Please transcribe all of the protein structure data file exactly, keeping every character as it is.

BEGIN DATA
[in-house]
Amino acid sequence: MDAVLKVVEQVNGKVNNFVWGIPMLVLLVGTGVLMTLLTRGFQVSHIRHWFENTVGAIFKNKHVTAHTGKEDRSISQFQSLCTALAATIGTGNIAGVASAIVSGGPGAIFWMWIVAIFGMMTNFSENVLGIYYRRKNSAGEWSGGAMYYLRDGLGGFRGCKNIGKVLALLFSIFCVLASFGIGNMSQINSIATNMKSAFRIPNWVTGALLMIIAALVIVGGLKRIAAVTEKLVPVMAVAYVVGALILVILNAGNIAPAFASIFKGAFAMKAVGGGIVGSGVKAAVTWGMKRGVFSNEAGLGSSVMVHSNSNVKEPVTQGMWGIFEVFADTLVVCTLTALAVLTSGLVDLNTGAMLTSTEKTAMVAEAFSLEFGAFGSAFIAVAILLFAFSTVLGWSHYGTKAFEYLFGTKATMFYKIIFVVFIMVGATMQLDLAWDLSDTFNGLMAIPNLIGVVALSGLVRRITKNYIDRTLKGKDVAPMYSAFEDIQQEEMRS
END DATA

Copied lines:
[in-house]
Amino acid sequence: MDAVLKVVEQVNGKVNNFVWGIPMLVLLVGTGVLMTLLTRGFQVSHIRHWFENTVGAIFKNKHVTAHTGKEDRSISQFQSLCTALAATIGTGNIAGVASAIVSGGPGAIFWMWIVAIFGMMTNFSENVLGIYYRRKNSAGEWSGGAMYYLRDGLGGFRGCKNIGKVLALLFSIFCVLASFGIGNMSQINSIATNMKSAFRIPNWVTGALLMIIAALVIVGGLKRIAAVTEKLVPVMAVAYVVGALILVILNAGNIAPAFASIFKGAFAMKAVGGGIVGSGVKAAVTWGMKRGVFSNEAGLGSSVMVHSNSNVKEPVTQGMWGIFEVFADTLVVCTLTALAVLTSGLVDLNTGAMLTSTEKTAMVAEAFSLEFGAFGSAFIAVAILLFAFSTVLGWSHYGTKAFEYLFGTKATMFYKIIFVVFIMVGATMQLDLAWDLSDTFNGLMAIPNLIGVVALSGLVRRITKNYIDRTLKGKDVAPMYSAFEDIQQEEMRS